Monday, January 28, 2008

the lifeguard

Everyday he would take the same route to the beach. And every day he would walk the same route from his car to his post. And every day he would sit atop his post, with his eyes looking out over the blue void and he would think about all the women he hated. He never had to look very far, they were around him at every moment; in town, in shops, in libraries, at home, and especially here at the beach. There were women with skin that darkened under the sun, women that wore little or nothing, women who laughed heavily about nothing and thought little about everything. There were women who revered Marilyn Monroe, women who were in love with their body and whose universe did not extend past their lightly freckled skin. There were women who didn’t read Dostoyevsky or Tolstoy or London or Thoreau or Nietzsche. Their gods lied within the glossy pages of a magazine, or maybe a romance novel written with the basic formula that all romance novels follow. These women had no passion in their lives; they had no art, no literature, no control, they had no purpose to their life other than tanning and fucking.
So ever day he would sit perfectly still on top of his post and stare at them through his darkened aviator glasses, observing and hating, letting the strangling heat of the sun beat down over his body. Sometimes when the heat was particularly overwhelming he would let his hate separate his mind from his crude, sweating body, and let it wander across philosophies and religion and meaning. He knew that God was dead, and he knew that religion was a crutch, and that you had to create your own purpose in life. He knew that nature was the only thing that was still beautiful anymore, and he knew that it was the only thing that could give him a purpose. He knew that someday he would be able to leave them all behind and find his own salvation. He knew that no one else could comprehend this. He knew he was alone.
First, he knew he had to gain complete control over his own body. He needed to discipline it, to ignore and abuse it. He needed to make it suffer through starvation and pain, to let his body know that it was not associated with his mind. To assert that his body could not touch the infinite purity of his mind was important to him. He would not allow himself to become one of the endless women on the beach who saw their body as a pinnacle and summation of the beauty in the world, as something to be enjoyed and relished. He knew the human form was something ugly and detestable that it in no way provided ample representation of his true self.
He could not let the ignorance of the world taint his own soul.
And this is what he would think of every day, atop his post, eyes gazing across the expanse of the ocean, with the thick heat of the sun washing over him. He loved how his hate separated his mind from his body, as well as the separation it created between himself and every other person on the beach. He knew that he was not like any of them and his hatred was confirmation. And witnessing their behavior at the beach allowed him justification for his hatred.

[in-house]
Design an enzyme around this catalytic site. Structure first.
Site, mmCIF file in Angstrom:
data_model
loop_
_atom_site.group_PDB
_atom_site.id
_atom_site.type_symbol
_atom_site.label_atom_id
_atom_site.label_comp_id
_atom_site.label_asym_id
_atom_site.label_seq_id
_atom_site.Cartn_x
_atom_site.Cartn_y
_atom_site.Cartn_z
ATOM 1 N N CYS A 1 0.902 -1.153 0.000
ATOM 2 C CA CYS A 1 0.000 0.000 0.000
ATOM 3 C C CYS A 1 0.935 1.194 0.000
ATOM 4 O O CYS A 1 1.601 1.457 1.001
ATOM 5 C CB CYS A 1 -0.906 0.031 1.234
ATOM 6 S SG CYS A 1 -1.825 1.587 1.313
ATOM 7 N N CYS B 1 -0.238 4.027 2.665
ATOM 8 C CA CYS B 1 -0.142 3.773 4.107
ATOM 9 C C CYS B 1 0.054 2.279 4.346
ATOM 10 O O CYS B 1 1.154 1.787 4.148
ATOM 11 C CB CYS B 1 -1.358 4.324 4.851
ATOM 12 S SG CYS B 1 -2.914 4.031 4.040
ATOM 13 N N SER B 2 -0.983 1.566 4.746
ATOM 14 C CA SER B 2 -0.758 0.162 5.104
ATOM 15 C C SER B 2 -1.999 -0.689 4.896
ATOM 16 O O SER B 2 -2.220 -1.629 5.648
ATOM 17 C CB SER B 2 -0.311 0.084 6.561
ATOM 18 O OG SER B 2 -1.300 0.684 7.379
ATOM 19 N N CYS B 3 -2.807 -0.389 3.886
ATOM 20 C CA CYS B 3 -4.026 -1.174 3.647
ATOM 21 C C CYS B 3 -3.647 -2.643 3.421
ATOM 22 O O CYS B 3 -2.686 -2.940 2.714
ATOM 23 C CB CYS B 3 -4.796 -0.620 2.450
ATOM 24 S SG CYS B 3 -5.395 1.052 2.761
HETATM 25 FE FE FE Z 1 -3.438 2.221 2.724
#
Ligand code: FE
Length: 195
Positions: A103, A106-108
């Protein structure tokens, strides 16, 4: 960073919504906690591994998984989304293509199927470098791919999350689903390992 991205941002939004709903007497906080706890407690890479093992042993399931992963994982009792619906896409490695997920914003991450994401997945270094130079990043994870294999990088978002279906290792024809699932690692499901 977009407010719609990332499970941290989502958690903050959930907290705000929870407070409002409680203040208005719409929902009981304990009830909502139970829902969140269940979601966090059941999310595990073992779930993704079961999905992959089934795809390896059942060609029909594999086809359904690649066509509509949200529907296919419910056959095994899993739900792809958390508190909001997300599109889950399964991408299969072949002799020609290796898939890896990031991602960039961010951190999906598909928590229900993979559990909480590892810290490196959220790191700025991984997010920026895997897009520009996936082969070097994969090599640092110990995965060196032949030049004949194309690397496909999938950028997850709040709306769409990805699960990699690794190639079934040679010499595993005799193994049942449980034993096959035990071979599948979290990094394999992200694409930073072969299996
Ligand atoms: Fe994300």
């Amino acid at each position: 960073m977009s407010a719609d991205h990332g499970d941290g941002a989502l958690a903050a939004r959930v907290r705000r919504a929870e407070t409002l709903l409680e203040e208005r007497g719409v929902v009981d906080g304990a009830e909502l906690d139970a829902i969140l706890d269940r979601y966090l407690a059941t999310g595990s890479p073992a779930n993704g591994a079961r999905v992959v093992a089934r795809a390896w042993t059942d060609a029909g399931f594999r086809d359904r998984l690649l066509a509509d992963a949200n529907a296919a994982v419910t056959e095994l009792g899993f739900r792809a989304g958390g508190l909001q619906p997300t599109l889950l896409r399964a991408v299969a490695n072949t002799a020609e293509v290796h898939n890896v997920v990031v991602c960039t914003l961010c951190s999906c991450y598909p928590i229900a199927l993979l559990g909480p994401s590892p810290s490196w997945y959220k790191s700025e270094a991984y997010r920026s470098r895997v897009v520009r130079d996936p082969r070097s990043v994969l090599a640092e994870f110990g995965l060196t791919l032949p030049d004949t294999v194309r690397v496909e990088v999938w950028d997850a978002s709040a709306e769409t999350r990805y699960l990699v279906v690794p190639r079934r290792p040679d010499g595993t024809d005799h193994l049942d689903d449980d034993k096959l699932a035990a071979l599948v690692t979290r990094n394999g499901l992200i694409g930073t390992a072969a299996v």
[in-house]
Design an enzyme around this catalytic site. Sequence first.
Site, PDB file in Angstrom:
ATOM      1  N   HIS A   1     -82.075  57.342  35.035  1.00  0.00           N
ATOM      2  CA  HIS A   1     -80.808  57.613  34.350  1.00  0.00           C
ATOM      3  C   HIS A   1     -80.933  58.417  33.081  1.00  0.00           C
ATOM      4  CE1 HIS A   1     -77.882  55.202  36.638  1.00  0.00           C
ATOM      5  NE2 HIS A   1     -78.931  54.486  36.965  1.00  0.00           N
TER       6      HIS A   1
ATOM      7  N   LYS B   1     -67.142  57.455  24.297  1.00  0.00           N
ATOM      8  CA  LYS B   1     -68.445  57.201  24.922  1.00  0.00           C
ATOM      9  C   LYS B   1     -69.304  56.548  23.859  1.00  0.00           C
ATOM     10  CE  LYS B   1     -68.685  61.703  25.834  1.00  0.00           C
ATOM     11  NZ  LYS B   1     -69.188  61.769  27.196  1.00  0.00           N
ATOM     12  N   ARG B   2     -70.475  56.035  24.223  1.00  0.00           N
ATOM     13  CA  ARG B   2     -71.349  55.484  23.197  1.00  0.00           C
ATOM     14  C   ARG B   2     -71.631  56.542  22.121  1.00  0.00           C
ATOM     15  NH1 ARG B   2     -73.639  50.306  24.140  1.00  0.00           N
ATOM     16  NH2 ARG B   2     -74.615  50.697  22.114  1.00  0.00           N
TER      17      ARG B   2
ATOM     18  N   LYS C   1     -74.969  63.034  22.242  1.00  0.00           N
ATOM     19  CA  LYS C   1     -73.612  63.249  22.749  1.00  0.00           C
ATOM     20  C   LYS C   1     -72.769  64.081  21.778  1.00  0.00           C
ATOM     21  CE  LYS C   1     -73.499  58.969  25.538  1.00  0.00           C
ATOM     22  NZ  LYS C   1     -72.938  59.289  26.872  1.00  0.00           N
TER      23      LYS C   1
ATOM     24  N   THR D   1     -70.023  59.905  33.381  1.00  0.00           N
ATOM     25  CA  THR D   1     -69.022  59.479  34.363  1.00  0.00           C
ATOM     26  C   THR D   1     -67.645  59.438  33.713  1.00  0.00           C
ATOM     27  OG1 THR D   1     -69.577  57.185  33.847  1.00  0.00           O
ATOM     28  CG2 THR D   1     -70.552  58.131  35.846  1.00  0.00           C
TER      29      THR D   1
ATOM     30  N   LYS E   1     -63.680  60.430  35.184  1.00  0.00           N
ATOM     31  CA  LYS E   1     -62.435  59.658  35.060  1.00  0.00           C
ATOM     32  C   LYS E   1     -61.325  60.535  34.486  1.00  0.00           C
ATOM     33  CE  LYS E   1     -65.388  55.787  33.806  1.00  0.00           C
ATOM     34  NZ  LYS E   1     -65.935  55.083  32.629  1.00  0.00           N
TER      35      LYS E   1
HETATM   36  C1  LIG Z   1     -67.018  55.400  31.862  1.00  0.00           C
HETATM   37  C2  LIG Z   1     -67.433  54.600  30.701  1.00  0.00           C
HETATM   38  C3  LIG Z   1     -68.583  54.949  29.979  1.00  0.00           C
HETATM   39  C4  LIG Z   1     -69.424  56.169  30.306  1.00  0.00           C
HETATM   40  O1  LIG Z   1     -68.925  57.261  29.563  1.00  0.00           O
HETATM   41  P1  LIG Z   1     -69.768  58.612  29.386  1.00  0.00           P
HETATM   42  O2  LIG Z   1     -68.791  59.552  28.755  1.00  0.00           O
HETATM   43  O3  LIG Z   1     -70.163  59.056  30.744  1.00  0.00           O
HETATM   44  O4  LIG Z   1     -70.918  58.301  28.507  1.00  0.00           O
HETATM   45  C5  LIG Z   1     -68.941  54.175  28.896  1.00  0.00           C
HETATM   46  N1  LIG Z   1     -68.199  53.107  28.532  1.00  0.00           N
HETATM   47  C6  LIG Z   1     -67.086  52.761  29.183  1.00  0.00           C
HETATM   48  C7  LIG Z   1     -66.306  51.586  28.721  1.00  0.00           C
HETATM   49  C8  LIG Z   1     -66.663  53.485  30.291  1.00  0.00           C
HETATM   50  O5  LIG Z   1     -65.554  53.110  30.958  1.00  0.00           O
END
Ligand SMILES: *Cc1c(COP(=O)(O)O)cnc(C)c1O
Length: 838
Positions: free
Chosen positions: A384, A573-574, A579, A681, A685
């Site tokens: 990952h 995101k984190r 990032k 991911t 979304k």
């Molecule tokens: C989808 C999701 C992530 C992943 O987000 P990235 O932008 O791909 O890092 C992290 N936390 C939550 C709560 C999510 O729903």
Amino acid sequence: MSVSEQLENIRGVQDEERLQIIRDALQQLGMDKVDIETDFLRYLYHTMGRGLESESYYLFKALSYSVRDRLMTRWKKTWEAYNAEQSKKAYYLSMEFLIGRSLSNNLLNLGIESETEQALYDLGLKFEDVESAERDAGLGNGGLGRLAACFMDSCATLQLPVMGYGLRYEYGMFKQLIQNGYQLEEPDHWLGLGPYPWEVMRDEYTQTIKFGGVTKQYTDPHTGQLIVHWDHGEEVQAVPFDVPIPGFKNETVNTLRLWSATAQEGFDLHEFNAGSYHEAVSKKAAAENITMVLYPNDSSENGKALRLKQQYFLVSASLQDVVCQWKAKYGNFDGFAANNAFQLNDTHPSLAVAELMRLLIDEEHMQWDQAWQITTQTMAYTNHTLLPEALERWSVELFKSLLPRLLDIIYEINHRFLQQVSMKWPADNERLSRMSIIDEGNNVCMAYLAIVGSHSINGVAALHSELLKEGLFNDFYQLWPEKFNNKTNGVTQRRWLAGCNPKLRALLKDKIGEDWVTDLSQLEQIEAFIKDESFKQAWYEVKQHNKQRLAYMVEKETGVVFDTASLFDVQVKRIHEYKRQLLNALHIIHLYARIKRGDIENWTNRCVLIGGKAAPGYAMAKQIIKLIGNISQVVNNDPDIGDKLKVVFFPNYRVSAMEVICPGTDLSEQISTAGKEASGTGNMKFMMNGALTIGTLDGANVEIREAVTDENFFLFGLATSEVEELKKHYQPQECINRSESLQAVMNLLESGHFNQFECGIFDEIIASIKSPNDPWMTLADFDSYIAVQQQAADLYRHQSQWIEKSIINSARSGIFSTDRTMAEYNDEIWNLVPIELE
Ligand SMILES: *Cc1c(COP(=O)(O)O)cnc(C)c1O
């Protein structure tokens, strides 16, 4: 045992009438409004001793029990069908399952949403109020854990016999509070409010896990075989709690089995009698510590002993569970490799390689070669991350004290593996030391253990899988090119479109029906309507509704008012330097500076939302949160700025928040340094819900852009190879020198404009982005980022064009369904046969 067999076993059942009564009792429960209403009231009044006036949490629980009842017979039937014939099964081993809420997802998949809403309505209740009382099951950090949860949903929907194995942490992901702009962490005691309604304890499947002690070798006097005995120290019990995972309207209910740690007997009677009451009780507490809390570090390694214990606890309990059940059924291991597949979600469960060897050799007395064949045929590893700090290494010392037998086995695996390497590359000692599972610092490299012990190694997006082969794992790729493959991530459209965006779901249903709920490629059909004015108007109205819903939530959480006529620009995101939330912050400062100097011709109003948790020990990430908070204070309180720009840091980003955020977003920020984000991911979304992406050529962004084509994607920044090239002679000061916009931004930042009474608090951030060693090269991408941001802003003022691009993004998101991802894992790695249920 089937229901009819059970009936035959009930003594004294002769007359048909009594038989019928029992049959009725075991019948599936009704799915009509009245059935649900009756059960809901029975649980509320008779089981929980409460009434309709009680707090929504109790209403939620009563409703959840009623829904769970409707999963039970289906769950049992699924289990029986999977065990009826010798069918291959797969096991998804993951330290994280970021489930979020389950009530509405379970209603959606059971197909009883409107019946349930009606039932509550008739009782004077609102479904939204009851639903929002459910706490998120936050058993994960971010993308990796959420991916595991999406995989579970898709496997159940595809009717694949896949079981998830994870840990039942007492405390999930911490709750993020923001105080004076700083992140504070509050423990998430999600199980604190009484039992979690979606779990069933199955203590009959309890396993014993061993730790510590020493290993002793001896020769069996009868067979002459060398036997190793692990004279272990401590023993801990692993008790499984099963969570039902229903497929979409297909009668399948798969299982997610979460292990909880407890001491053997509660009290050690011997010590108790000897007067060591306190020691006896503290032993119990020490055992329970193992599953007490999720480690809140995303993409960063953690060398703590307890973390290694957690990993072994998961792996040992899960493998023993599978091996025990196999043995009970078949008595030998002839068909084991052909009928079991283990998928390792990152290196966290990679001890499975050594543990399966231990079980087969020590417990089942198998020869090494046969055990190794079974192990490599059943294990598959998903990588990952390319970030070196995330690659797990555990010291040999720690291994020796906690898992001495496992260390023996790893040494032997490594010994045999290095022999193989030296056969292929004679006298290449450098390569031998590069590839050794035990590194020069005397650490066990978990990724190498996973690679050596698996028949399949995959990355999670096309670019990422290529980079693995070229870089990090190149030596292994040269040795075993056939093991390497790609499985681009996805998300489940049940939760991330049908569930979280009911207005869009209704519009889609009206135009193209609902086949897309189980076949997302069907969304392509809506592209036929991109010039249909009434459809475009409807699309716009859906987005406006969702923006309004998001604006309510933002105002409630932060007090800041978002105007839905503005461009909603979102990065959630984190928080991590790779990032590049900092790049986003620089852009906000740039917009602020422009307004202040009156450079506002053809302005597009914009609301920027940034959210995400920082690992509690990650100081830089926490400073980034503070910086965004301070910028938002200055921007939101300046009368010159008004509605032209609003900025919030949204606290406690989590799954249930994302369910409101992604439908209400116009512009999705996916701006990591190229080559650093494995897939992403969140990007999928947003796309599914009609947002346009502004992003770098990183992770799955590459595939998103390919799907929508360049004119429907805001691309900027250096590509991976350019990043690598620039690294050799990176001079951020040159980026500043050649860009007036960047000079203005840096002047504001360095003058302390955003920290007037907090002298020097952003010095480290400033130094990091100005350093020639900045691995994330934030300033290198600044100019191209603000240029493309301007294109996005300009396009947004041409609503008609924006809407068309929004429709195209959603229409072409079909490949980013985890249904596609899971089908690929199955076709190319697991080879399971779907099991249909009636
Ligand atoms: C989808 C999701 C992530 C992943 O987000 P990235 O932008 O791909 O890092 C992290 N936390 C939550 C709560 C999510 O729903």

One day while he was lost in thought under the pressure of the sun, someone far away yelled. At first he didn’t notice, or care, but allowed it to fuel his hatred for a little longer. But the screaming grew louder and louder and soon it became audible. A woman with streaked golden hair down to her shoulders and a pair of eyes streaked by horror and shock ran towards him. She fell on the ground out of breath when she reached the bottom of his post and heaved out her words. Someone was drowning.
For a few moments he just stared at the woman, analyzing her hair, eyes, skin tone and shape. He felt disgusted and a slight grimace grew across his face as he watched her completely breakdown in the brightly reflective sand. Then his eyes moved up towards the horizon and he scanned across the glossy surface of the water. A little ways out he saw something thrashing in the water, causing little ripples in the grand immensity of the surrounding domain. He imagined the struggle and panic they were feeling; the hot flashes throughout your body, the shutdown of rational thought as the water filled their lungs. He wondered what was running through their mind now that death was so close, did they regret not thinking more heavily about art and literature and philosophy and religion? Did they recognize the mistakes of their life? Did they realize how pointless their existence had been? Or did they simply go into a frenzy, desperately trying to dig their nails into what little life they had left. He wondered if their eyes resembled those of a cow’s when they hear the wet death of the ones ahead of them in the slaughter line. He thought that they probably did. So he simply sat there and watched the little ripples become smaller and smaller until they were completely swallowed by the greater ebb and flow of the tides. And as the women beneath him continued to shake violently from trauma, little streaks ran down his cheeks, dropping salt water onto the waiting sand below.

1 comment:

G.Rosenberger said...

hey i like that i'm not the only one still keeping this up, good work.